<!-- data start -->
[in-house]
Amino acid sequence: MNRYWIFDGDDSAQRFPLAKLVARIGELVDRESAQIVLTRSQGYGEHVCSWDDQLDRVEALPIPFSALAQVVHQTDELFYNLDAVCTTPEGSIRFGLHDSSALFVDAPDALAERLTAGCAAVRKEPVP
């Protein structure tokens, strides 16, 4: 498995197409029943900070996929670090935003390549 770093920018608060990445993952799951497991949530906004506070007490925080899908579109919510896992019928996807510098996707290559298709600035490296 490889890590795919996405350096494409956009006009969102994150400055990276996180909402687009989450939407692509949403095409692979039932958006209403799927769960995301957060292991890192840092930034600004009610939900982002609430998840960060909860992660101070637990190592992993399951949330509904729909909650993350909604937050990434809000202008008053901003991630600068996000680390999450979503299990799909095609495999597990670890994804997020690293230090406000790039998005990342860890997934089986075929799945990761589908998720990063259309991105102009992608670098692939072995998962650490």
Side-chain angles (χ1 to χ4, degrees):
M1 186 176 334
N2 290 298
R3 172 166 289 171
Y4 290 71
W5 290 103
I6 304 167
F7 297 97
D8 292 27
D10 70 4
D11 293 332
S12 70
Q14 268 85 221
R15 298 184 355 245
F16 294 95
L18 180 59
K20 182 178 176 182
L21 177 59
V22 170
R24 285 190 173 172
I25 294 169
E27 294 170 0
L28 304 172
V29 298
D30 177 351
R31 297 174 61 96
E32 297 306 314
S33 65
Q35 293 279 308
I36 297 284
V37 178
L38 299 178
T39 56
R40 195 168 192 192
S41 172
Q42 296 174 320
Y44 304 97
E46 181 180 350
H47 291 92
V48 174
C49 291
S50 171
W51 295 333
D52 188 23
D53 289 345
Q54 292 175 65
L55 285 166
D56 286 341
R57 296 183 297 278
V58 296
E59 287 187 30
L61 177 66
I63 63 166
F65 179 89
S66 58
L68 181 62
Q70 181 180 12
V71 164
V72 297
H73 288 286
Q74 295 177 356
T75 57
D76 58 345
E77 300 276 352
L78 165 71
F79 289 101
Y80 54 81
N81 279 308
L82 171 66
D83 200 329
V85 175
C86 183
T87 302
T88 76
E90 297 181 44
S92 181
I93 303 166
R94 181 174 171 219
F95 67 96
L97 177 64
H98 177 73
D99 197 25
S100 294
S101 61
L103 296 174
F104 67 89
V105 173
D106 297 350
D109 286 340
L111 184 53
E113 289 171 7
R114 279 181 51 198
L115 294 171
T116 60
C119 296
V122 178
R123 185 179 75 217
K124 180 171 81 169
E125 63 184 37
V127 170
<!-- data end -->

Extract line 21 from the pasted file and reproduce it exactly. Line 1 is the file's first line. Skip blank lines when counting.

L21 177 59